Bring out your dead

Something that has been missing for the .NET framework for a while is a weak hashtable. This kind of datatype is useful as it allows you to associate data with an object in a way that allows the data to be thrown away if the object is garbage collected. The problem here is that we don’t want the presence of the object as a hashtable key to keep the object alive and we don’t want to add any fields to the object to hold this data.

.NET 4 has a new ConditionalWeakTable type that addresses some of these problems. It isn’t a true Dictionary as it only supports reference equality, but it is useful for storing this extra information; I think that the MEF framework uses the type for this purpose.

We can quickly test this type by defining an object that has a name and prints out a message when it is finalised.

class Probe
     public string Name { get; set;  }
     public Probe(string name)
         Name = name;
         Console.WriteLine("Finalizer called on {0}", Name);

We can build a weak table suitable for holding these probes.

static ConditionalWeakTable<Probe,Probe> s_TestTable = new ConditionalWeakTable<Probe, Probe>();

We’ll use a simple function for populating the table – we don’t want the lifetime of local variables affecting the garbage collection.

static Probe Populate()
    Probe key1 = new Probe("permanent");
    Probe key2 = new Probe("Temporary");
    Probe data1 = new Probe("Data1");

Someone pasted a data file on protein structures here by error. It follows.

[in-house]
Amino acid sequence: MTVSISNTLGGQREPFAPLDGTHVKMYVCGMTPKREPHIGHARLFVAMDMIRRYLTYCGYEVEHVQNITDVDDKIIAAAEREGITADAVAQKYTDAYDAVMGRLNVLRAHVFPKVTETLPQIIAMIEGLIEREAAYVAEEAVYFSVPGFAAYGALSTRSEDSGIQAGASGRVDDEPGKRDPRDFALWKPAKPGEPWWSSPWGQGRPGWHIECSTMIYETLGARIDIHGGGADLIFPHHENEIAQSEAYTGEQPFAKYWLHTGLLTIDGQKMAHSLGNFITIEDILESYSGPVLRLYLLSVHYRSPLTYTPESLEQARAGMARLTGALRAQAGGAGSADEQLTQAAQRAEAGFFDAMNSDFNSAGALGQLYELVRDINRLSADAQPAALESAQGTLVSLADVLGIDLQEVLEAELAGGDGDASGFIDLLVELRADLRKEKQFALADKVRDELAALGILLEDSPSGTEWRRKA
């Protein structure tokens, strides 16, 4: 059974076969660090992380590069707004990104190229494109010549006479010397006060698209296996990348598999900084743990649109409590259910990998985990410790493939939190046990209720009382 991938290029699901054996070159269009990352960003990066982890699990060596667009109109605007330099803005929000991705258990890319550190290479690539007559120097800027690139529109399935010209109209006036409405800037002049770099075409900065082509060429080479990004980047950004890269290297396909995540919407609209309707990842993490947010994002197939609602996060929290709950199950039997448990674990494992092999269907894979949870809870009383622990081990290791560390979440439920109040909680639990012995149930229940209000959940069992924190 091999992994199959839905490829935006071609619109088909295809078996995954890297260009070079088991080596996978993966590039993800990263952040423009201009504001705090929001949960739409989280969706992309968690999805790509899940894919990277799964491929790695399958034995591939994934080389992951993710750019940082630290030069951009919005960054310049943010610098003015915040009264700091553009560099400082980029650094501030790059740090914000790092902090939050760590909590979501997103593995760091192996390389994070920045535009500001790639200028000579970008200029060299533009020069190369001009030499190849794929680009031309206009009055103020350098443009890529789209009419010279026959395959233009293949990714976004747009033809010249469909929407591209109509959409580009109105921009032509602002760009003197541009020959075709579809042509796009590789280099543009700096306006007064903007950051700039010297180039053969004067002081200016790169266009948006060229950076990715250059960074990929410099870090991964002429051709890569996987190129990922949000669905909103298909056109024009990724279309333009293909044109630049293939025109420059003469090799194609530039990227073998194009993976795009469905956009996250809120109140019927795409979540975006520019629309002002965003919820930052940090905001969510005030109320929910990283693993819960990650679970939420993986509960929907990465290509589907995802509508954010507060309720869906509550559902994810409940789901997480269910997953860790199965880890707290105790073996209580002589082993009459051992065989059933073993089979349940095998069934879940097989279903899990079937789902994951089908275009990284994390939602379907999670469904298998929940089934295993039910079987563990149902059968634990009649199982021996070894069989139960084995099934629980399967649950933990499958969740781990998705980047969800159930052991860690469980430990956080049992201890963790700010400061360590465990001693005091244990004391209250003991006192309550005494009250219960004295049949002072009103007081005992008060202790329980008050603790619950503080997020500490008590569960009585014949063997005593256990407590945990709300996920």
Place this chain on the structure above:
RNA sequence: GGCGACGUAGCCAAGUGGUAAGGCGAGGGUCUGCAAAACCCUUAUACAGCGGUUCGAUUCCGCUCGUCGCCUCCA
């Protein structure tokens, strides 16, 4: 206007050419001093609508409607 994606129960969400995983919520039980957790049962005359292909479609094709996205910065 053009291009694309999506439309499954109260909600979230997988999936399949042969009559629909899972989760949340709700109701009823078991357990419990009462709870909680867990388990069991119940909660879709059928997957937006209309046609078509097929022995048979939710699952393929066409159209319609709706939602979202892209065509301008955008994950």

Probe data2 = new Probe("Data2");
    s_TestTable.Add(key1, data1);
    s_TestTable.Add(key2, data2);
    return key1;

The GetValue method also needs a delegate for returning a default if the key is not found in the table.

static Probe Default()
    throw new Exception("Not found");

We can now run a small example, which fills the table with two keys and associated data. We keep hold of one of the keys while we do a garbage collection, and we see the other key and its associated datum are collected. When the program finishes, we see the other key and value getting collected.

static void Main(string[] args)
    Probe key1 = Populate();
    Console.WriteLine("Object alive: {0}", s_TestTable.GetValue(key1, _ => Default()).Name);

Running this we get the output.

Finalizer called on Data2
Finalizer called on Temporary
Object alive: Data1
Finalizer called on Data1
Finalizer called on permanent

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